Oh…hang on. There is no God. He knows it, and she knows it deep down. It was as simple as that. I started thinking about it and asking more questions, and within an hour, I was an atheist.”

Guess what?  If we’re defining God as the God of a very narrow kind of way of being Christian, or a God who is smaller than even our own capacities for love and grace and so on, if we’re talking about the out-to-lunch God of so much that passes for religion in the West, then I’m an atheist, too.  It’s only when you lose this God that you find yourself again in a place where the confounding message of Christ feels so true that it must also be holy.

My friend John calls me a converted doubter.  I thank God for all the faith I’ve lost over the years, and for the way I see God now…in Christ the servant, Christ the underminer of systems, Christ the prophet, Christ the Kind, Christ the Just, Christ the Poor, Christ the Margin, Christ the Savior, Christ the Lord.

Now, more than ever, Jesus is my God.  But that doesn’t make me hate or distrust or dislike or not feel connections to those for whom this makes absolutely no sense.  I hope they, too, reject false Gods.  I’d love for them to see Jesus as I do, because I find his life life-giving, even now.  I find strength in him.  I can get behind a God who’s not above straw poverty, who’s not above giving every last vestige of power away, who says blessed are the trampled.  Give me that God, always.

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Wherein I Tweet the US Bishops and Ask Them to Give Away the Church

@OnFaith asks “Can America fix the Catholic Church?

I admit this was a bit of a knee-jerk:

But it comes in the context of many conversations I’ve had with Catholic friends about the disconnect between the US Bishops and American nuns. The sisters seem to many of them (and to many non-Catholic observers like me) to be more in line with Christ’s radical message than are their contemporary patriarchs and primates.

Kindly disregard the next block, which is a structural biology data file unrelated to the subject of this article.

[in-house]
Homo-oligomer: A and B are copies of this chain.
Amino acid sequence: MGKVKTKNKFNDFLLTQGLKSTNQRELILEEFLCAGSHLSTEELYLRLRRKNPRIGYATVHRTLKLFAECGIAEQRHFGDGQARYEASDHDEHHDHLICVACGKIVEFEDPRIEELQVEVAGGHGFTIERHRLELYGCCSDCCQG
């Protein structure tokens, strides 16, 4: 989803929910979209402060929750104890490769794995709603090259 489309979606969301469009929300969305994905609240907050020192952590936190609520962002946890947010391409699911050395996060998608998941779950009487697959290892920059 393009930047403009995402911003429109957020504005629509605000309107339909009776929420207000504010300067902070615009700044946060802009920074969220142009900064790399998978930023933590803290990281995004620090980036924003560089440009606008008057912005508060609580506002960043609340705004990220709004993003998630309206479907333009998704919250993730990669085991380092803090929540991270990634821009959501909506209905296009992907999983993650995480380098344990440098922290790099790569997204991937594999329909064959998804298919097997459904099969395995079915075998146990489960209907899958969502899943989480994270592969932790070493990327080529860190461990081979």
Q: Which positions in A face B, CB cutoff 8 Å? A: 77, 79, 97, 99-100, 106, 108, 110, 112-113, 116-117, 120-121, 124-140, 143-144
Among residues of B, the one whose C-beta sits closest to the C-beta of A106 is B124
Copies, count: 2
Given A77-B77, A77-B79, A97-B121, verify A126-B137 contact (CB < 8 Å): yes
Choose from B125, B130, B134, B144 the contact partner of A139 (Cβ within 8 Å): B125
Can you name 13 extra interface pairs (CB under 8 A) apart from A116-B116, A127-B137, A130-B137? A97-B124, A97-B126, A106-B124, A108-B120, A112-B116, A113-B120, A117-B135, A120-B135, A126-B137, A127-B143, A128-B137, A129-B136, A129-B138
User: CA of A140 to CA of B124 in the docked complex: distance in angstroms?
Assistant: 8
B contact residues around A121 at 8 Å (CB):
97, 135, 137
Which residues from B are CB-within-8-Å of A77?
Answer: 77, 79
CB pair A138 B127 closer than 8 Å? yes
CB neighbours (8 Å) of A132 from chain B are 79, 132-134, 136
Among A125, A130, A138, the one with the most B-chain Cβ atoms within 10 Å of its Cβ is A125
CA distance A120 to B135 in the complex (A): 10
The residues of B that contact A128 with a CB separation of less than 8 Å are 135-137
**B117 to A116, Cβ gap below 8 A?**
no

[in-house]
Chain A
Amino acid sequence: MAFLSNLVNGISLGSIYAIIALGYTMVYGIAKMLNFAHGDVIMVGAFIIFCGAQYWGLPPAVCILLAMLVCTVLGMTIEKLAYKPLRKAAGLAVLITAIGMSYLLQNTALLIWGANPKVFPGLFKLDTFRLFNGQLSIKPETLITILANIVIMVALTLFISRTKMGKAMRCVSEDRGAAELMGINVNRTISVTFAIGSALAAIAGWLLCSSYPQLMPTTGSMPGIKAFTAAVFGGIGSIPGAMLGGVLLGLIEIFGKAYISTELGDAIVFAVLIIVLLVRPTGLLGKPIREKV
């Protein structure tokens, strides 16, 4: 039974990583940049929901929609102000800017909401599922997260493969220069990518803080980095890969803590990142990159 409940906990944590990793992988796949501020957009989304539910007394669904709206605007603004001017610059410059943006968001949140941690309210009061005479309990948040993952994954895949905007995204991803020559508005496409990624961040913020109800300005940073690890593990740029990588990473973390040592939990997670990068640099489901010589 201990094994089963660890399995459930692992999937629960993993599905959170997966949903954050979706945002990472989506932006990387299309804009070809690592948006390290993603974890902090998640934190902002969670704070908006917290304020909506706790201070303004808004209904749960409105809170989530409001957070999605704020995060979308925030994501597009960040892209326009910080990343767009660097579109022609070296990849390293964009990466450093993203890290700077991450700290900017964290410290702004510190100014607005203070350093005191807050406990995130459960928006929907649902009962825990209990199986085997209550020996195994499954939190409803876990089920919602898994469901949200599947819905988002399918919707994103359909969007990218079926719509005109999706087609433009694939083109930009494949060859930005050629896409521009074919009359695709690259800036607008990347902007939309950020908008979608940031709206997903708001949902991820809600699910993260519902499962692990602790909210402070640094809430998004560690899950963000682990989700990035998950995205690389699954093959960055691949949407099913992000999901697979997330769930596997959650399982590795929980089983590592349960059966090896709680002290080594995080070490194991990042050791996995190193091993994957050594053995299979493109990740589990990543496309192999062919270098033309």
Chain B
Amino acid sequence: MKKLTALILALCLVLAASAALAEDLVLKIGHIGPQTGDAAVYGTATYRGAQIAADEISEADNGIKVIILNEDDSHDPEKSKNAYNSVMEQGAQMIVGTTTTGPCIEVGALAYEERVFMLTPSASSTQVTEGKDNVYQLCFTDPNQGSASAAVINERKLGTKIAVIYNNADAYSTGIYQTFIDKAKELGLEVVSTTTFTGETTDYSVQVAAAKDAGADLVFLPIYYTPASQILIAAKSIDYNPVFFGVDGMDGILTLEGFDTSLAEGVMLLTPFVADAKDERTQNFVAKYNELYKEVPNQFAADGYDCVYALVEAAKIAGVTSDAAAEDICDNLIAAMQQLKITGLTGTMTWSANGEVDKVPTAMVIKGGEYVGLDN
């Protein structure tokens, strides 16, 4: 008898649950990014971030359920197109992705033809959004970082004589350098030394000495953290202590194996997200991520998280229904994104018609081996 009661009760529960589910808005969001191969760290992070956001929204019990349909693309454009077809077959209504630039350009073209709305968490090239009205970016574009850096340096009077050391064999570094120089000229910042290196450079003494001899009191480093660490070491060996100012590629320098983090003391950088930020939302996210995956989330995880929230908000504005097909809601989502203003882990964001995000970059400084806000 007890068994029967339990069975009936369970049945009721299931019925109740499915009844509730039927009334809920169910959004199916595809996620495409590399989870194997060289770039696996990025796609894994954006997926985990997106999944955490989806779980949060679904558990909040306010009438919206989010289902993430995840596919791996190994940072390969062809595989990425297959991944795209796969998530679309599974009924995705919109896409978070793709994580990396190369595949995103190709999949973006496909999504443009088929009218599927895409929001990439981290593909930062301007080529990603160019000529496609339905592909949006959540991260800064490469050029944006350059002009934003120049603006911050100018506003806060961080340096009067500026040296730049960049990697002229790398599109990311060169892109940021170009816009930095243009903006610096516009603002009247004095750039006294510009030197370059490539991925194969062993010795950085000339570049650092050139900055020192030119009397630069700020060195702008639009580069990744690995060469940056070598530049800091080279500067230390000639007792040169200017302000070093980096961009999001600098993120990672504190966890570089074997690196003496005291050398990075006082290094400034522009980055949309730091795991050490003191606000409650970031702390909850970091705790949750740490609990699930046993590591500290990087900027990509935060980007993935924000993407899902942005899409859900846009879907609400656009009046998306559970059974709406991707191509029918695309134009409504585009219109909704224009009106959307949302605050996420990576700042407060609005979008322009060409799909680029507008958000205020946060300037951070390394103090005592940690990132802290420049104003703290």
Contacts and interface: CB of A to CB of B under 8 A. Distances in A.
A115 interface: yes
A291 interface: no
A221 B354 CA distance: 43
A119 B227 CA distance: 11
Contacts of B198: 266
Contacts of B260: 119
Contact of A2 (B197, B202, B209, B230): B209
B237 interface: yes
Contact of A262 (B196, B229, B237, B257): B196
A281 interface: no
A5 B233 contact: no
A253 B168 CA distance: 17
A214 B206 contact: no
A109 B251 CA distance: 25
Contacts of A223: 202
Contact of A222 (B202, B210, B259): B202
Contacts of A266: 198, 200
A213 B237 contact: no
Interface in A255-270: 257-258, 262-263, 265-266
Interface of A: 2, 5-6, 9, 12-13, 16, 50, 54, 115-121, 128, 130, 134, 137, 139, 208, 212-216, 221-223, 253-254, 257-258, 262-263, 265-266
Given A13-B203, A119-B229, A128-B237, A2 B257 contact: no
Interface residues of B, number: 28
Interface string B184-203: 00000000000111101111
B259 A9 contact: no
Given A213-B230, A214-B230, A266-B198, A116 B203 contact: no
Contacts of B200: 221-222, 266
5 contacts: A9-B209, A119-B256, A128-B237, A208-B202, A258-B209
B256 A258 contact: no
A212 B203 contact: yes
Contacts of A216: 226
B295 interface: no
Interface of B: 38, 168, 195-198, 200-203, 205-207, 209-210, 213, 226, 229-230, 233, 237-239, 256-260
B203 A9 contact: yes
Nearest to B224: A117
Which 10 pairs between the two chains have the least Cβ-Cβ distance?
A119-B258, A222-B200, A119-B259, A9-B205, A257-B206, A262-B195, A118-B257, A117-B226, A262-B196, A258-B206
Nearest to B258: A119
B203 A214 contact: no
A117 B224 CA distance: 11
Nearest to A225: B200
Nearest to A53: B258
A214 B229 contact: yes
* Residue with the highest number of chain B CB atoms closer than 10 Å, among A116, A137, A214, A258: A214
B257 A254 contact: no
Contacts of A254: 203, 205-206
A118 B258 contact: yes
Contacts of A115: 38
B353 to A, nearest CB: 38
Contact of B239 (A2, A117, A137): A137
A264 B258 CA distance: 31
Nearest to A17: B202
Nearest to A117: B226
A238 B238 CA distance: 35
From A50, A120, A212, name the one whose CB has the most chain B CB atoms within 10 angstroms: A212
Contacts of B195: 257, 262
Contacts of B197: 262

But asking the USCCB to hand over control to the sisters doesn’t really go far enough. Every denomination in this country and abroad should be in the business of giving away their churches. Give away your riches, give away the exalted places in your hierarchy, give voice and access to people dying all around you. Jesus said so. That’s why I hang around him.

Baffled by Resistance, the Greedy and the Blessed, and That Time Jesus Said “You Tell Me.”

Most of you know that I wrote a piece last week about how the global Church could abolish extreme poverty to the ash bins of cosmic history if we only had the will.

Lots of people tweeted or liked or talked about or emailed me about that article, and I’ve been talking back to some of you on some rather personal levels.

In all of this, I think I’ll always be baffled by the Christians I know, rich by all global accounts, who refuse to do something as paltry as send a goat to Africa via WorldVision because they’re already giving to their local church and/or denomination. That’s like saying “I gave at the office,” isn’t it? Yes, yes it is.

If you had the means to buy one goat for one needy family or community for 70 dollars and you knew it could be done through a reputable, well-respected, transparent, Christian organization, why wouldn’t you do it, know matter how much you already gave at the office this week? Seriously. What’s the honest-to-God, good-enough-to-God answer?  There are none. And as long as we’re being honest, lets get real about some more numbers:  we all know a lot of people who could afford the $70 once or twice.  But if you’ve got the money, God has the crises.  Brings a new meaning to the old concept of  70 x 7, doesn’t it?